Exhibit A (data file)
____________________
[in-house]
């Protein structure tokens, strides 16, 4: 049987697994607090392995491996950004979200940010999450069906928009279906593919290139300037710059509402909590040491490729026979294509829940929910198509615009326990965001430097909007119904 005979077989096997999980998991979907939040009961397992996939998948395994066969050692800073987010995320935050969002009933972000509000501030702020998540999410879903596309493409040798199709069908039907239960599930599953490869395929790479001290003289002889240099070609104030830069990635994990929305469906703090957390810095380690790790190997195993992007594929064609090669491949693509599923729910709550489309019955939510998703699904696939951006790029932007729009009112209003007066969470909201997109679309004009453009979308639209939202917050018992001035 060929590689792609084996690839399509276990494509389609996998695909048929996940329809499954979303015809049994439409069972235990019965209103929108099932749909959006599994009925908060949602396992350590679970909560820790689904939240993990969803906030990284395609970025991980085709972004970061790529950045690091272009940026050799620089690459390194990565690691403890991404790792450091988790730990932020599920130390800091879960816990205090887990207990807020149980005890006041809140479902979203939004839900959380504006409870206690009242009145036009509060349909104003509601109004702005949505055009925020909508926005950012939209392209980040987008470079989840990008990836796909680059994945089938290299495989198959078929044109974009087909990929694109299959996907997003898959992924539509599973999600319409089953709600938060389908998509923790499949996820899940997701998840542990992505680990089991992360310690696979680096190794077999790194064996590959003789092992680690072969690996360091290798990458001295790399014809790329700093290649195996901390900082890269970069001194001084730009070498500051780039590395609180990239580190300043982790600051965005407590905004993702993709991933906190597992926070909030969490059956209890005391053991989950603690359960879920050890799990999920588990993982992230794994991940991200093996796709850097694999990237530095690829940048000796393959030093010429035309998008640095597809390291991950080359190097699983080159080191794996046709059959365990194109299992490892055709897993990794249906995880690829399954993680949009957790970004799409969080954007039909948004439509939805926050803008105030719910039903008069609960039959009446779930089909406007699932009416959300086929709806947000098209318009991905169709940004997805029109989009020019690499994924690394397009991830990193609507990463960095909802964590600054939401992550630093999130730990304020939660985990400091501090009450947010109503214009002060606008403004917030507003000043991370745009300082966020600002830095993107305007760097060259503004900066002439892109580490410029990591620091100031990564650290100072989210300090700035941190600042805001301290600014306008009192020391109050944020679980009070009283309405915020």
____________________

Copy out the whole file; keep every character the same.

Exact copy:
[in-house]
């Protein structure tokens, strides 16, 4: 049987697994607090392995491996950004979200940010999450069906928009279906593919290139300037710059509402909590040491490729026979294509829940929910198509615009326990965001430097909007119904 005979077989096997999980998991979907939040009961397992996939998948395994066969050692800073987010995320935050969002009933972000509000501030702020998540999410879903596309493409040798199709069908039907239960599930599953490869395929790479001290003289002889240099070609104030830069990635994990929305469906703090957390810095380690790790190997195993992007594929064609090669491949693509599923729910709550489309019955939510998703699904696939951006790029932007729009009112209003007066969470909201997109679309004009453009979308639209939202917050018992001035 060929590689792609084996690839399509276990494509389609996998695909048929996940329809499954979303015809049994439409069972235990019965209103929108099932749909959006599994009925908060949602396992350590679970909560820790689904939240993990969803906030990284395609970025991980085709972004970061790529950045690091272009940026050799620089690459390194990565690691403890991404790792450091988790730990932020599920130390800091879960816990205090887990207990807020149980005890006041809140479902979203939004839900959380504006409870206690009242009145036009509060349909104003509601109004702005949505055009925020909508926005950012939209392209980040987008470079989840990008990836796909680059994945089938290299495989198959078929044109974009087909990929694109299959996907997003898959992924539509599973999600319409089953709600938060389908998509923790499949996820899940997701998840542990992505680990089991992360310690696979680096190794077999790194064996590959003789092992680690072969690996360091290798990458001295790399014809790329700093290649195996901390900082890269970069001194001084730009070498500051780039590395609180990239580190300043982790600051965005407590905004993702993709991933906190597992926070909030969490059956209890005391053991989950603690359960879920050890799990999920588990993982992230794994991940991200093996796709850097694999990237530095690829940048000796393959030093010429035309998008640095597809390291991950080359190097699983080159080191794996046709059959365990194109299992490892055709897993990794249906995880690829399954993680949009957790970004799409969080954007039909948004439509939805926050803008105030719910039903008069609960039959009446779930089909406007699932009416959300086929709806947000098209318009991905169709940004997805029109989009020019690499994924690394397009991830990193609507990463960095909802964590600054939401992550630093999130730990304020939660985990400091501090009450947010109503214009002060606008403004917030507003000043991370745009300082966020600002830095993107305007760097060259503004900066002439892109580490410029990591620091100031990564650290100072989210300090700035941190600042805001301290600014306008009192020391109050944020679980009070009283309405915020």